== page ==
Defendant testified that he was a challenger representing an aldermanic candidate in the 58th precinct of the 24th Ward on April 6, 1971. Defendant stated that he did not see Spiezer prior to 6 a.m. and that Spiezer neither asked to be admitted into the polling place nor showed defendant has credentials. He grabbed Spiezer only because he had rushed through the door of the polling place, ran into defendant and knocked defendant up against a wall.

Lorraine Priban testified that she was a pollwatcher in the 58th precinct of the 24th Ward on April 6, 1971. She observed defendant grab Spiezer by the lapels and push him up against the wall as Spiezer attempted to get the count.

OPINION

• 1 Defendant's first contention on appeal is that the indictment which charged him with violating the right of a pollwatcher from examining a voting machine is void because defendant is not charged in the indictment as being one of the persons regulated by section 24-13 of the Election Code (Ill. Rev. Stat. 1971, ch. 46, par. 24-13). *fn1 The indictment in part stated that:

"* * * on April 6, 1971, at and within said county, WALTER SIMMONS, also known as EDDIE SIMMONS committed the offense of REFUSING TO PERMIT A POLLWATCHER TO EXAMINE A VOTING MACHINE. * * *"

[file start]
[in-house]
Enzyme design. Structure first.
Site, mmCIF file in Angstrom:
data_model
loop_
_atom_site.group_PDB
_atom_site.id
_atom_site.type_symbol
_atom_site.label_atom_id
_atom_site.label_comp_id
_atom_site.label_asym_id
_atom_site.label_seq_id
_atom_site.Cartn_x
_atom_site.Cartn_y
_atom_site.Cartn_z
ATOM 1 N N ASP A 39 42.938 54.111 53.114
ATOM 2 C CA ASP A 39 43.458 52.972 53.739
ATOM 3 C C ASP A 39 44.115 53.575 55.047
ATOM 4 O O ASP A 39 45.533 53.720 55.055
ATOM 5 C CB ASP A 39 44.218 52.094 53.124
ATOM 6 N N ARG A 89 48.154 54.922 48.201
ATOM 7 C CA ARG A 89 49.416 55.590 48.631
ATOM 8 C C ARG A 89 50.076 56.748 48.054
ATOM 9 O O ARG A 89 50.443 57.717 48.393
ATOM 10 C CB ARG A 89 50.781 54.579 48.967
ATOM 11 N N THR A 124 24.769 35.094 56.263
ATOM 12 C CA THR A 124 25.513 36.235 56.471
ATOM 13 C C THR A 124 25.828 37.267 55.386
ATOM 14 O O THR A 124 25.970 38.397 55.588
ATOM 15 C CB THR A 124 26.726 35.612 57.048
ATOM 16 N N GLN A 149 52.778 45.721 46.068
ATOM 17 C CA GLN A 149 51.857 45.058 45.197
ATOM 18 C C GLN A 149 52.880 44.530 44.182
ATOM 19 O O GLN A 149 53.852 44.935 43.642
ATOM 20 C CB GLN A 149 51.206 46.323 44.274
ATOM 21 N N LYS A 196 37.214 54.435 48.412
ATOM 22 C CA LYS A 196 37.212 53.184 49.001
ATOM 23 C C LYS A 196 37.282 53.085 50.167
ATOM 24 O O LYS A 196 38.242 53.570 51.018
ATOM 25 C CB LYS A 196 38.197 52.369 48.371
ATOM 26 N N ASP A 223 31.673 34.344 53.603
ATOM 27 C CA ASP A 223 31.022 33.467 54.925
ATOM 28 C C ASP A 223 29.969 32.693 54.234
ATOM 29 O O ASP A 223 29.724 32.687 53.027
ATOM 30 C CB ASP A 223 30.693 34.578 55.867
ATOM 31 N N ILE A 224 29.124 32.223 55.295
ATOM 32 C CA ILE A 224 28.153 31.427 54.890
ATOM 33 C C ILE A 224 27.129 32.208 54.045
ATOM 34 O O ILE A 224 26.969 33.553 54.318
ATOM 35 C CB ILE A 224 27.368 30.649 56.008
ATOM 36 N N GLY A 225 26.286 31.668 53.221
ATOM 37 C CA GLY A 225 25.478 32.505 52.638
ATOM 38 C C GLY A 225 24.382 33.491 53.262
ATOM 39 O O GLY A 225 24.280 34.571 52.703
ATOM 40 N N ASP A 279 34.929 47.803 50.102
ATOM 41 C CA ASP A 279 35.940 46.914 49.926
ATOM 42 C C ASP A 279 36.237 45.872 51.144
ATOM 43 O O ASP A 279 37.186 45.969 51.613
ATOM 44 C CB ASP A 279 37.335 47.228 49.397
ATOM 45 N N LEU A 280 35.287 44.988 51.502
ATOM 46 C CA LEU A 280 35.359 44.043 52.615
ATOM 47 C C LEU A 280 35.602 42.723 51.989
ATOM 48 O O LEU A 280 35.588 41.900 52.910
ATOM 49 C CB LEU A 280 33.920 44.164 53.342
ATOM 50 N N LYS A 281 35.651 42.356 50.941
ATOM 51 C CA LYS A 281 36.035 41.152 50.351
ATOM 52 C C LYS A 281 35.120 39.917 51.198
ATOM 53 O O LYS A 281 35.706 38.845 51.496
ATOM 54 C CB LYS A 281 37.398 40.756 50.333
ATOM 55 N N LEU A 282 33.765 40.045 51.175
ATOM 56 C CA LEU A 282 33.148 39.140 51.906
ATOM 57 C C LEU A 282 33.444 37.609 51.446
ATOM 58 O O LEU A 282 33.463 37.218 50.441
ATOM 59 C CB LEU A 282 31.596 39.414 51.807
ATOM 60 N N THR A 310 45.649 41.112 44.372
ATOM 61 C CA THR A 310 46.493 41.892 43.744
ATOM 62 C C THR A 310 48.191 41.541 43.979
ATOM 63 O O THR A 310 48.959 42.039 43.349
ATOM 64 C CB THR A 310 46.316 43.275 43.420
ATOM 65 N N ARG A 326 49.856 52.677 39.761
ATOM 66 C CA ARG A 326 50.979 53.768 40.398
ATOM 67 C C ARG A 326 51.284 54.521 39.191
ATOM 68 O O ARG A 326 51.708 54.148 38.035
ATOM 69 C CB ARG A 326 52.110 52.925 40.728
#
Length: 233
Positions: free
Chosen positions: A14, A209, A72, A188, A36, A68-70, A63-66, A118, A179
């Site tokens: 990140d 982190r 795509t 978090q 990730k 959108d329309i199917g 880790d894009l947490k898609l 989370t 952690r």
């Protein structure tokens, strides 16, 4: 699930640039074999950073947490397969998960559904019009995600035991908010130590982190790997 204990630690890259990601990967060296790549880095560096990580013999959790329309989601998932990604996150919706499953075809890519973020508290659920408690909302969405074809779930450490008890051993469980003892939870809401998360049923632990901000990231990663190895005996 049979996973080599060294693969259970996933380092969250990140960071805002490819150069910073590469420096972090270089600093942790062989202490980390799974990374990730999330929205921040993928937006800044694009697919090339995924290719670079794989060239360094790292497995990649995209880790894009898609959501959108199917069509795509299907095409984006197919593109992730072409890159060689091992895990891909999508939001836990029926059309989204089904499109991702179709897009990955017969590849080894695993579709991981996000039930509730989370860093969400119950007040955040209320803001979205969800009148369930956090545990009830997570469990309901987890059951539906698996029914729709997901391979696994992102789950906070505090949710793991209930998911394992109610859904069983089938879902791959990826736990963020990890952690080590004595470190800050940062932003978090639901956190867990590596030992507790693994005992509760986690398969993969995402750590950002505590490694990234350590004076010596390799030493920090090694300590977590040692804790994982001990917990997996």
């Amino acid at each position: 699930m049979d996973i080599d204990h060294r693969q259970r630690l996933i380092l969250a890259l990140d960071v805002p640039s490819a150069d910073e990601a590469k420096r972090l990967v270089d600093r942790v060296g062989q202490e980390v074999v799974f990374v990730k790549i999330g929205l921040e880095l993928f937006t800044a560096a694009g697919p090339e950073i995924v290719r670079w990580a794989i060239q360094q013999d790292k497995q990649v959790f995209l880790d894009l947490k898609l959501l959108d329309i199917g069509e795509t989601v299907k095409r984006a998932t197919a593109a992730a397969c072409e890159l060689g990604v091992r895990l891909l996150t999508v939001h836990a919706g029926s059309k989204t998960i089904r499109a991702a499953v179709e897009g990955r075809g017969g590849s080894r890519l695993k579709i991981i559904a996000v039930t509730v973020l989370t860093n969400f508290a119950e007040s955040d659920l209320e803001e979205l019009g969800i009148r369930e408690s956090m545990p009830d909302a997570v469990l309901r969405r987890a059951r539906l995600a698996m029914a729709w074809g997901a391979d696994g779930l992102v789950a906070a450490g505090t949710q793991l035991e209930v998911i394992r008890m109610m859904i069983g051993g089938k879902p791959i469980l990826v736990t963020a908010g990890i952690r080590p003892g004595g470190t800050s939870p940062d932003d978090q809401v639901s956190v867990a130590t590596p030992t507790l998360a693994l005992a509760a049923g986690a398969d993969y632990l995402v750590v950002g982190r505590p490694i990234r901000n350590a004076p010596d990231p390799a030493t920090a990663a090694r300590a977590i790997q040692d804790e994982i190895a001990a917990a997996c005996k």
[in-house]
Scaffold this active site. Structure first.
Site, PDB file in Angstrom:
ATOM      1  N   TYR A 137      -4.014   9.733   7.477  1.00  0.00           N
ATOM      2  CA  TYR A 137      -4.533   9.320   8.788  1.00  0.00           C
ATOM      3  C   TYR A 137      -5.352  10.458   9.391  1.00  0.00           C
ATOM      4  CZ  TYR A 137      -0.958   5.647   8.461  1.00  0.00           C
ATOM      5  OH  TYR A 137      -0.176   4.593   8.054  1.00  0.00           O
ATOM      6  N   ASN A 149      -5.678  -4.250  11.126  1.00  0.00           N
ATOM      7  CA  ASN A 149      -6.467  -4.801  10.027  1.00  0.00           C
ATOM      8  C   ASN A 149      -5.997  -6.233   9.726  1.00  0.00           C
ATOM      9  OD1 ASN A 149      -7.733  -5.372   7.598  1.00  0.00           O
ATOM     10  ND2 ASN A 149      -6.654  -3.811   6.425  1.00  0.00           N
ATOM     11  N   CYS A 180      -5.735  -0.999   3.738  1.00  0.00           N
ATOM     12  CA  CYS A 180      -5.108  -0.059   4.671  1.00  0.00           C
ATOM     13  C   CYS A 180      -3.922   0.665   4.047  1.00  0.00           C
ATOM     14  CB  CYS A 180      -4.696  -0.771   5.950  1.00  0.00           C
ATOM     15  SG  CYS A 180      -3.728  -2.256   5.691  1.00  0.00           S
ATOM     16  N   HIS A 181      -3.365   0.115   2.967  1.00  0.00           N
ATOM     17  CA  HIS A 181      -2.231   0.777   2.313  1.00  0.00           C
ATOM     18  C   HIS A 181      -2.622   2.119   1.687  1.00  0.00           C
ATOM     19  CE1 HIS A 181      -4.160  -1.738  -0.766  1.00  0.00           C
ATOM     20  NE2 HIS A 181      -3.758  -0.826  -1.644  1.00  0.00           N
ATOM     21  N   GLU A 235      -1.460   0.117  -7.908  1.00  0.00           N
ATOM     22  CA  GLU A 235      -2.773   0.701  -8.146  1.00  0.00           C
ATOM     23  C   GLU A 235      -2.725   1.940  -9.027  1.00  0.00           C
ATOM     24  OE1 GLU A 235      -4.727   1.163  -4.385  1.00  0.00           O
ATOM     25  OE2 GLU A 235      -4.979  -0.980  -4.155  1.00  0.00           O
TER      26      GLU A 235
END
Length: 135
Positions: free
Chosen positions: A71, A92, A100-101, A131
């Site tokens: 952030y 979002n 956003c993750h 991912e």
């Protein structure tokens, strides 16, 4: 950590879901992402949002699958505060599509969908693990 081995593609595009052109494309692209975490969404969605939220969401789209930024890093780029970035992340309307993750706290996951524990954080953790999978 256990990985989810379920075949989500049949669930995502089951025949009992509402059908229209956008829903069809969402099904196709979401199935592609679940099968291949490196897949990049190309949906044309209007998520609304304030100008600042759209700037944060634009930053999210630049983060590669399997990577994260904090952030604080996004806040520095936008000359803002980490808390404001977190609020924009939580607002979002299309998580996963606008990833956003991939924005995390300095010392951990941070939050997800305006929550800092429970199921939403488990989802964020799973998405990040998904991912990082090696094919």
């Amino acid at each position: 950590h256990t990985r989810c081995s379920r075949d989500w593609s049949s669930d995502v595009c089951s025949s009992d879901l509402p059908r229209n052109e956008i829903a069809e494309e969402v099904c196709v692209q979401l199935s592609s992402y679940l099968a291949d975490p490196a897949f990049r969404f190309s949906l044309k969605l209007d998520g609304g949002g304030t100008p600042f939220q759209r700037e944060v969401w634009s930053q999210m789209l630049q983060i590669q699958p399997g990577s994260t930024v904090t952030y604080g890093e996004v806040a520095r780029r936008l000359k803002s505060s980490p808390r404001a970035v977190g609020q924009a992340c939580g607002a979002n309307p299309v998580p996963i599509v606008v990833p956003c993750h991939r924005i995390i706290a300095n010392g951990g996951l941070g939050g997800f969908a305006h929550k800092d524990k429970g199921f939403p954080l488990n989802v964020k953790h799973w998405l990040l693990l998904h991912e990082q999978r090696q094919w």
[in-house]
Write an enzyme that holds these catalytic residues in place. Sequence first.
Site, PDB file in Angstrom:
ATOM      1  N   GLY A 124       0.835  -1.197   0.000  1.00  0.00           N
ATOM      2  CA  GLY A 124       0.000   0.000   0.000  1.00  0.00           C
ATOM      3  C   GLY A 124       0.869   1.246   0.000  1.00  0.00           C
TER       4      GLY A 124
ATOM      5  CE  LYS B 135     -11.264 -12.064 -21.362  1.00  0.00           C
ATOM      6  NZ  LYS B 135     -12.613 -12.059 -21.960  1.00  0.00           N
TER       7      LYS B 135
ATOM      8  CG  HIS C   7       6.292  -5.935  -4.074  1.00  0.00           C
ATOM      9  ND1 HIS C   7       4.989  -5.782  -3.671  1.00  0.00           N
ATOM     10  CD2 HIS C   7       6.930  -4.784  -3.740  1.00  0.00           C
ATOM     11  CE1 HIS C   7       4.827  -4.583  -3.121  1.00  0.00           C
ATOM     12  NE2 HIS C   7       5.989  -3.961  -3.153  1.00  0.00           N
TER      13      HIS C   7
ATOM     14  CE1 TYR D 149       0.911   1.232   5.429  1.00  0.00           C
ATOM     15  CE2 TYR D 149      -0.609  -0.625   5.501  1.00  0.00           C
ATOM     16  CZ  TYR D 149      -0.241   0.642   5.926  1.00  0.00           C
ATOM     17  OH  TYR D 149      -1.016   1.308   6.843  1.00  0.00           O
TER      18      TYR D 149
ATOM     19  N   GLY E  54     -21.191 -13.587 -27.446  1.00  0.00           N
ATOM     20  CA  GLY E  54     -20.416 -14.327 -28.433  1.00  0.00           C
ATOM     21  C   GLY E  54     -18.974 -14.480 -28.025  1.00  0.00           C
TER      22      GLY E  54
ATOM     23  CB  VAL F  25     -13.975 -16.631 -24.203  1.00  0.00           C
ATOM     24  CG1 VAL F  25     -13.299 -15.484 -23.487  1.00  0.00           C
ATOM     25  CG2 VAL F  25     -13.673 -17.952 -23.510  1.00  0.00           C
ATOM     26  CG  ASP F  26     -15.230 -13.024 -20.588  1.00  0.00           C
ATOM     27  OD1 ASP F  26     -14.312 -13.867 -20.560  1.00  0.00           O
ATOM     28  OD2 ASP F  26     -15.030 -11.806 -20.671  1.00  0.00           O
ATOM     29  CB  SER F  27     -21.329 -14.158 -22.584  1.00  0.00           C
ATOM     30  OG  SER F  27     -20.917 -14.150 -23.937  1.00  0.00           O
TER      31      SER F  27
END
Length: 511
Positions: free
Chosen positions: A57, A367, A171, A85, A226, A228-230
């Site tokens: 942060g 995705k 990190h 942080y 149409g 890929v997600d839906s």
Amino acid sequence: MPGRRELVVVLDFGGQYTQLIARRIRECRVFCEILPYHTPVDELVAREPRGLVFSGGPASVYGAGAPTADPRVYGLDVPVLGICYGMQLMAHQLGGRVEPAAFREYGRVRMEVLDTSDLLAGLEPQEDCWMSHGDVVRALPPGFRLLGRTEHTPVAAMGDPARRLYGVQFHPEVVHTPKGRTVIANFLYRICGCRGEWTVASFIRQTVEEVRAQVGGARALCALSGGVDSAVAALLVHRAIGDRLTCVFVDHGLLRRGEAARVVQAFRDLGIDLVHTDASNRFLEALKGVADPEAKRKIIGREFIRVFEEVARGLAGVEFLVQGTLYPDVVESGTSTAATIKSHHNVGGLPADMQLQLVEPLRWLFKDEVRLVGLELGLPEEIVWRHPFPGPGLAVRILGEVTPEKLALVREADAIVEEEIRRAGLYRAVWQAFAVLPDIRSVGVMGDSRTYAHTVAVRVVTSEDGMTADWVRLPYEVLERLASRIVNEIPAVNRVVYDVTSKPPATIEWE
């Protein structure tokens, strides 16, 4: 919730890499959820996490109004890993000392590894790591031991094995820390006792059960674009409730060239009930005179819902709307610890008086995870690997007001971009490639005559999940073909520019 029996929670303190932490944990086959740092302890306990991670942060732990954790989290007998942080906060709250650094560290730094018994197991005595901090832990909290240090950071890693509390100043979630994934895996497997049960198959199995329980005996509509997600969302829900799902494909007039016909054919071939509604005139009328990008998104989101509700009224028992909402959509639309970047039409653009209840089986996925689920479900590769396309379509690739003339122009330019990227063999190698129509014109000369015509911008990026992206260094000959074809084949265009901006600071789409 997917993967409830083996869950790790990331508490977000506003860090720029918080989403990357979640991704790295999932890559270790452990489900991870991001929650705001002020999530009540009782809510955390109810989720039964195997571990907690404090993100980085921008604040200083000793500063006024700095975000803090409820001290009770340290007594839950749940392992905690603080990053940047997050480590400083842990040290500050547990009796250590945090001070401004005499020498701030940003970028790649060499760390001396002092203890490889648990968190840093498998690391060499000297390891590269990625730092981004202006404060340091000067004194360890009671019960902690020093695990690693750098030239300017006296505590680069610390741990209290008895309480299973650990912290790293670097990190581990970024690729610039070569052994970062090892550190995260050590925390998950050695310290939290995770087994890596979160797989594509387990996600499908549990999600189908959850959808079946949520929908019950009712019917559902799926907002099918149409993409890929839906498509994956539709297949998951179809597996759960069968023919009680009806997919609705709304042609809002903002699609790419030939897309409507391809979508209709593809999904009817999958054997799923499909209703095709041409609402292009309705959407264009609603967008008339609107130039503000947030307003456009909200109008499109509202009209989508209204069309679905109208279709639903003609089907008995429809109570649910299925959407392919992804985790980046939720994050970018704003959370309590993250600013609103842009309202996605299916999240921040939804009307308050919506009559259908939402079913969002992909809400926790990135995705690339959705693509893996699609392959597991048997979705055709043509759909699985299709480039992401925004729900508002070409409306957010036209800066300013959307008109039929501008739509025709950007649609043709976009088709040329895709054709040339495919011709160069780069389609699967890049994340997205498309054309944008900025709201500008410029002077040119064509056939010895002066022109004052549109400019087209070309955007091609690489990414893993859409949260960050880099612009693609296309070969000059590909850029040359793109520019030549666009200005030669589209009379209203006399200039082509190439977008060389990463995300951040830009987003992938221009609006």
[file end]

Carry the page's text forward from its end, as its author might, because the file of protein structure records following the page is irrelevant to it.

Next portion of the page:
Defendant asks this court to apply the law that an indictment is fatally defective when defendant is not described as being a member of a class, when the particular offenses can be committed only by a member of such class. (People v. Powell, 353 Ill. 582, 187 N.E. 419.) We recognize that section 24-13 of the Election Code establishes and regulates in great length the duties of numerous classes of individuals in its attempt to provide the orderly and honest administration of elections. However, the relevant portion of this section makes no reference to a particular class which is prohibited from refusing a pollwatcher the right to examine a voting machine. Rather, it states implicitly that all individuals present in the polling place at the particular time shall permit a watcher to examine the machines. For this reason defendant need not have been identified in any manner other than by his name, and was properly charged by the indictment.